AAS, Norway, Feb 22 (Reuters) – A spruce tree has smothered
a few beetles by oozing resin from its trunk, repelling an
attack by bugs that seem to be advancing northwards with climate
change in a threat to forests and timber companies.
Other sickly spruce trees scarred by bark beetles have been
less successful in the snow-covered forest near Oslo, where
scientists are seeking ways to halt insects whose relatives have
caused millions of dollars in damage in North America.
OSLO (Reuters) – Tiny Antarctic marine creatures first collected by British explorer Robert Falcon Scott in 1901 may help scientists understand future climate change, a study showed on Tuesday.
The century-long record of the seabed-dwelling animals, known as bryozoans and looking like branching twigs on the seabed, also hints that an Antarctic sea has started to absorb more carbon in recent decades.
OSLO (Reuters) – A tougher European Union goal for cutting greenhouse gas emissions could create jobs and boost economic growth by 2020, rather than slow it down as many EU governments fear, a study said on Monday.
A shift to emissions cuts of 30 percent below 1990 levels by 2020, from the EU’s existing 20 percent target, would help spur innovation and investment in a low-carbon economy after the financial crisis, it said.
OSLO (Reuters) – Strict curbs on soot and ozone air pollution would limit global warming by 0.5 degree Celsius (0.9 F) in a step toward achieving tough world climate goals, a U.N.-backed study showed on Friday.
Stricter limits on “black carbon” soot and tropospheric ozone — a greenhouse gas that is a big component of smog — would also clear the air and so reduce human deaths and improve crop yields, especially in Asia, it said.
OSLO/LONDON (Reuters) – Saudi Arabia is a special case in need of climate aid if the world shifts to clean energy, the world’s top oil exporter told the United Nations ahead of a Monday deadline for proposals about slowing global warming.
Almost 200 nations agreed in Mexico in December to a package of measures including a new fund to help poor nations, due to be worth $100 billion annually from 2020, find ways to adapt to climate change and protect tropical forests.
OSLO (Reuters) – A U.N. scientific panel meant to help safeguard animal and plant species should help guide governments with practical studies of issues such as trade, farming or energy, experts said on Thursday.
They said the panel, whose role has not yet been clearly defined, should also do more to value nature. Past studies have estimated, for instance, that the world’s coral reefs provide annual services worth $172 billion, from fisheries to tourism.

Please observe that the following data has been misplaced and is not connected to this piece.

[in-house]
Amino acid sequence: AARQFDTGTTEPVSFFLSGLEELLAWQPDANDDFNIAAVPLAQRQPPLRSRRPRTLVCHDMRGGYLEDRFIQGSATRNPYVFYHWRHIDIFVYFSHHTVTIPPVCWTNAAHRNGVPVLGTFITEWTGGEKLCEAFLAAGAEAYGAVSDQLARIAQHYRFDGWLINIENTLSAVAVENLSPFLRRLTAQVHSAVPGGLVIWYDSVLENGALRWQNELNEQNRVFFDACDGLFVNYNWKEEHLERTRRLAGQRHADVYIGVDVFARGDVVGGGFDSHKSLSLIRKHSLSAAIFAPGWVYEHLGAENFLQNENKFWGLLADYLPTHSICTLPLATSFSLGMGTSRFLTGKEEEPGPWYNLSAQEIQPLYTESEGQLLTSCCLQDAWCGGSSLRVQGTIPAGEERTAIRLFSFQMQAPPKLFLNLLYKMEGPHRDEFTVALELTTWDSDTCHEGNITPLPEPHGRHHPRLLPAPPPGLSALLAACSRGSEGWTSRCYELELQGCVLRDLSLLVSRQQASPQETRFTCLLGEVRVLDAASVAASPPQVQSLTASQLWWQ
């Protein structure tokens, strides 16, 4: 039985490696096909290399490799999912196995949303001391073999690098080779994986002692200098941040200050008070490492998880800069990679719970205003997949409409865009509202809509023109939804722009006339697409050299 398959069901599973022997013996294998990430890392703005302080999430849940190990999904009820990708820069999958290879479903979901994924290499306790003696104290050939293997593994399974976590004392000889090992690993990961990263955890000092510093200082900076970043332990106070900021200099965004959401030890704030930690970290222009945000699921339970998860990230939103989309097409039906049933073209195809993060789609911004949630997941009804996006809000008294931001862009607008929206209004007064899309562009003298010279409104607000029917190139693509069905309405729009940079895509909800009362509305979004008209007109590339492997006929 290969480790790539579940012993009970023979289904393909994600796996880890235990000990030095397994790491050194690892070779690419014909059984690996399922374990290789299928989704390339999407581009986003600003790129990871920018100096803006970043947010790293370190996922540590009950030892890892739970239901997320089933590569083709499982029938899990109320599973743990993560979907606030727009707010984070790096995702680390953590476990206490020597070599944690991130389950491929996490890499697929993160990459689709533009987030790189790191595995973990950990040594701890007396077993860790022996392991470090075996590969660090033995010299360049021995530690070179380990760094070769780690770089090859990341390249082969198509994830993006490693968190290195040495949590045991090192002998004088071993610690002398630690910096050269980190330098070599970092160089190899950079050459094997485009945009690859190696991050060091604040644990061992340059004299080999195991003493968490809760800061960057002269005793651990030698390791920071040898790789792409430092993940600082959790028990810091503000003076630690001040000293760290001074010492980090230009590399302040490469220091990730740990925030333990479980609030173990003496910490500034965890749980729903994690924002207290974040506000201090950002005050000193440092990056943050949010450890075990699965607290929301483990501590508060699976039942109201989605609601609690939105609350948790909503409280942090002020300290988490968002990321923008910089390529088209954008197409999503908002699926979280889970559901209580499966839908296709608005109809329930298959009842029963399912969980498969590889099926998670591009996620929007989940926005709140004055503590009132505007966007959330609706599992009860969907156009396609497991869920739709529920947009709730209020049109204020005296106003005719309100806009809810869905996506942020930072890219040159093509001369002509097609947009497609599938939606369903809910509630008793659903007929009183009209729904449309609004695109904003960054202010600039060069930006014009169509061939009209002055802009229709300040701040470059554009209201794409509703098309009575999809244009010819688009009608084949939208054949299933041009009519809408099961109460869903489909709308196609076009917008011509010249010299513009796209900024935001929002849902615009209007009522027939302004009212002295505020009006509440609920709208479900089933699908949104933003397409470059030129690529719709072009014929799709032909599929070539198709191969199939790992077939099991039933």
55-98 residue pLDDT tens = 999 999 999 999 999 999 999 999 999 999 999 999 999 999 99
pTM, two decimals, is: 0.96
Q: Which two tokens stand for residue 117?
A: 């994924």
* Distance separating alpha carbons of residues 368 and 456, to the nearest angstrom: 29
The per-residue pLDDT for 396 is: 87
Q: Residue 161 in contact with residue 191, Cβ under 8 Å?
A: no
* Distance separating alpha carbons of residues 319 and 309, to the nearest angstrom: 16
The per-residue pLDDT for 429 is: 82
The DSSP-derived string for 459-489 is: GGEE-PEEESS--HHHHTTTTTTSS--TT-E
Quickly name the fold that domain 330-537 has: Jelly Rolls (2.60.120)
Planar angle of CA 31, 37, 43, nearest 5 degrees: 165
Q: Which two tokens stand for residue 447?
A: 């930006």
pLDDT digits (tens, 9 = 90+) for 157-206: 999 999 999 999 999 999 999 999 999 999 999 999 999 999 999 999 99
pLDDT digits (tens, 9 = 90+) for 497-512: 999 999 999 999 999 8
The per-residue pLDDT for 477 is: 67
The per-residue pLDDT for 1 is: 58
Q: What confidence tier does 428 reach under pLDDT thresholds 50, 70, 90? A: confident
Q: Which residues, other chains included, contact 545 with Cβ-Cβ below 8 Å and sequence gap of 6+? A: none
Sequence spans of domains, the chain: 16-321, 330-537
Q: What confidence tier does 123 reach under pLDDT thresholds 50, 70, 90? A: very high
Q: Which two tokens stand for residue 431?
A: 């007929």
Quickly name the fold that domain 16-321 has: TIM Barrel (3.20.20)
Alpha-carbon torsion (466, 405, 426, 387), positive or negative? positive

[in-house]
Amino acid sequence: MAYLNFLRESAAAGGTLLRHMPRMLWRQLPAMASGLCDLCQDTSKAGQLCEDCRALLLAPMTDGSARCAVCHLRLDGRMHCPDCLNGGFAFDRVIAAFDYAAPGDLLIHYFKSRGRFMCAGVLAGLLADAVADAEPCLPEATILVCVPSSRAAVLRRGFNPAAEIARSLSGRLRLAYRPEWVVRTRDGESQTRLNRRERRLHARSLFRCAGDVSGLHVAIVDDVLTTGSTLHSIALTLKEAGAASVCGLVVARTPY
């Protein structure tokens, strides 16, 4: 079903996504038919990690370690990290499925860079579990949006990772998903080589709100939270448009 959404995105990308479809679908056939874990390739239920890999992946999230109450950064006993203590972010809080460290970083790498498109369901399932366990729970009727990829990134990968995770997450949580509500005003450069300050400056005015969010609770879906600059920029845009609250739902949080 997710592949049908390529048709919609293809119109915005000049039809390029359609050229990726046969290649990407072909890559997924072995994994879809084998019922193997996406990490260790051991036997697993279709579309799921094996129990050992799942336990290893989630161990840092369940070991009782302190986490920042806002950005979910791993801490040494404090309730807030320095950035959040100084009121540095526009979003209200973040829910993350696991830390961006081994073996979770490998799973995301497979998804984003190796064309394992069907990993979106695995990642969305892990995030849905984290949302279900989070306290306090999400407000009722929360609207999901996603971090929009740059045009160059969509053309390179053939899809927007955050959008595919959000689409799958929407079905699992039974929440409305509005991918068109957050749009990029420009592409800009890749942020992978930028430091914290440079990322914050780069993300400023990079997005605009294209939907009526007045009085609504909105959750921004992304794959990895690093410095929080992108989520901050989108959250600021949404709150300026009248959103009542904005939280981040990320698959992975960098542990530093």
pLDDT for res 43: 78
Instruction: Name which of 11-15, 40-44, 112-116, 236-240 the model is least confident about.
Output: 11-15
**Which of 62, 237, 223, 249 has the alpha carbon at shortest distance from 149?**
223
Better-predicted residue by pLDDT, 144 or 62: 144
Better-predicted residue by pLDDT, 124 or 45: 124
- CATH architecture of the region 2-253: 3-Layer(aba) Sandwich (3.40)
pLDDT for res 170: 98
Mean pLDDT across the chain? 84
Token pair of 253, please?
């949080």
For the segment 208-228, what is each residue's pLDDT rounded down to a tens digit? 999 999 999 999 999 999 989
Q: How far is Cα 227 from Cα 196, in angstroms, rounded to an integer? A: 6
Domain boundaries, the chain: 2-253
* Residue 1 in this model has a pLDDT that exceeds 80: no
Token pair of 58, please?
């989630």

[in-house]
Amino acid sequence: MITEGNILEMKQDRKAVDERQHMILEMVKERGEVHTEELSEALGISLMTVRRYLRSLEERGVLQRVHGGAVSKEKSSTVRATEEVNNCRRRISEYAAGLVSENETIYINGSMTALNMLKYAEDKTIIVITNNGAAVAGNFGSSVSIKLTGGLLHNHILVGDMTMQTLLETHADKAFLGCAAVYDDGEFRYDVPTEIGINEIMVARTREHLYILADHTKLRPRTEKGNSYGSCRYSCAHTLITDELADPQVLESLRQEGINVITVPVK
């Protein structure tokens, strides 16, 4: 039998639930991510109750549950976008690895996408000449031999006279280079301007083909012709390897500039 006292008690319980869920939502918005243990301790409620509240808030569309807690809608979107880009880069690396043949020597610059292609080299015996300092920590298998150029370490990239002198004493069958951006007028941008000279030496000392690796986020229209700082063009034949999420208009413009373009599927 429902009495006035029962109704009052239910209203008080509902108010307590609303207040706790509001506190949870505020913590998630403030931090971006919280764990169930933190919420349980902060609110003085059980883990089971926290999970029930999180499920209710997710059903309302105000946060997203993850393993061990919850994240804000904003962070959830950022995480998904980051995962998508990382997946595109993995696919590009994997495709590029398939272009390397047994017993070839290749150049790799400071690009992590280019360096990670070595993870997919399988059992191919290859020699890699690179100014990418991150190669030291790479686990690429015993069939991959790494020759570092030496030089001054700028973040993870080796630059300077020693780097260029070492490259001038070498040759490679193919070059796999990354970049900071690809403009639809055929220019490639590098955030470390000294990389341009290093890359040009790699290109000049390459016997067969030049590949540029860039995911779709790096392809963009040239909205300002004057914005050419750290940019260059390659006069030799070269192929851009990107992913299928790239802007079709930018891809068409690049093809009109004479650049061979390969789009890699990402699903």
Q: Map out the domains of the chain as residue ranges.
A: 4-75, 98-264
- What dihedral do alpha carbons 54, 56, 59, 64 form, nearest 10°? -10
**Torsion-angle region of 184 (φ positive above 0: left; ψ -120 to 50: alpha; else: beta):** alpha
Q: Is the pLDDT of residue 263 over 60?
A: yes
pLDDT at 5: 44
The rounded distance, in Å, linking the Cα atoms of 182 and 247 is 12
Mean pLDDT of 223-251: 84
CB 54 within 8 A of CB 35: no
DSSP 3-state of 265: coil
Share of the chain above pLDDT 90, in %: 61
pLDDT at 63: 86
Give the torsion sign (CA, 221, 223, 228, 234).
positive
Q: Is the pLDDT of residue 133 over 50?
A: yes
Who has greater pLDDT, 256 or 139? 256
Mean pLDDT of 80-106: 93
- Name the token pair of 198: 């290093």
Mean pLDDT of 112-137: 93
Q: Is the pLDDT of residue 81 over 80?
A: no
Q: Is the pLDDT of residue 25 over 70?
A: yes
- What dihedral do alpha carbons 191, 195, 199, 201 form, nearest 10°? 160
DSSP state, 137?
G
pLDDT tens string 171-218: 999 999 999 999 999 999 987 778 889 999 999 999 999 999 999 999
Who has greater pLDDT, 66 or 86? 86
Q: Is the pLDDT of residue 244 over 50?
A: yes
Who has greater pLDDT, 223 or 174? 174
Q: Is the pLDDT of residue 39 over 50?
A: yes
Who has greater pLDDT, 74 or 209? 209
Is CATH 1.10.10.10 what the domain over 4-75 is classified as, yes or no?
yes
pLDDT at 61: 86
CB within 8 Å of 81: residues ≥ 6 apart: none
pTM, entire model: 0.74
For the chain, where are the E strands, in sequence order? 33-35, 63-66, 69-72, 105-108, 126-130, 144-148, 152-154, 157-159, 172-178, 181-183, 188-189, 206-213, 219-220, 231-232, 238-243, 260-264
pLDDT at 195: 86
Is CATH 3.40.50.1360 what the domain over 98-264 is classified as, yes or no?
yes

OSLO (Reuters) – Governments are looking at ways to keep the U.N.’s Kyoto Protocol going beyond 2012 in some form to defuse a standoff between rich and poor nations that threatens efforts to tackle global warming.
Negotiators from almost 200 nations will meet in Bangkok from March 3-8, after side-stepping the Kyoto issue at their last meeting in Mexico in December.
OSLO, Feb 17 (Reuters) – Governments are looking at ways to
keep the U.N.’s Kyoto Protocol going beyond 2012 in some form to
defuse a standoff between rich and poor nations that threatens
efforts to tackle global warming.
Negotiators from almost 200 nations will meet in Bangkok
from March 3-8, after side-stepping the Kyoto issue at their
last meeting in Mexico in December.
OSLO (Reuters) – Sea temperatures off the Antarctic Peninsula have cooled over the past 12,000 years, according to a study on Wednesday that may help scientists understand the impact of modern global warming on the frozen continent.
Scientists want to learn more about Antarctica because even a thaw of the fringes could raise sea levels and swamp low-lying coasts. The continent, discovered only in 1820, contains enough ice to raise world sea levels by 57 meters (187 ft).
OSLO/LONDON (Reuters) – The icy winters suffered by Europe and North America for the last two years contrast with unusually mild weather in the Arctic, in a pattern first noted by a Danish missionary in Greenland in the 1770s.
Some scientists suggest climate change may be intensifying a natural oscillation. Others say that verdict would be premature and the pattern appears to be the same old natural one.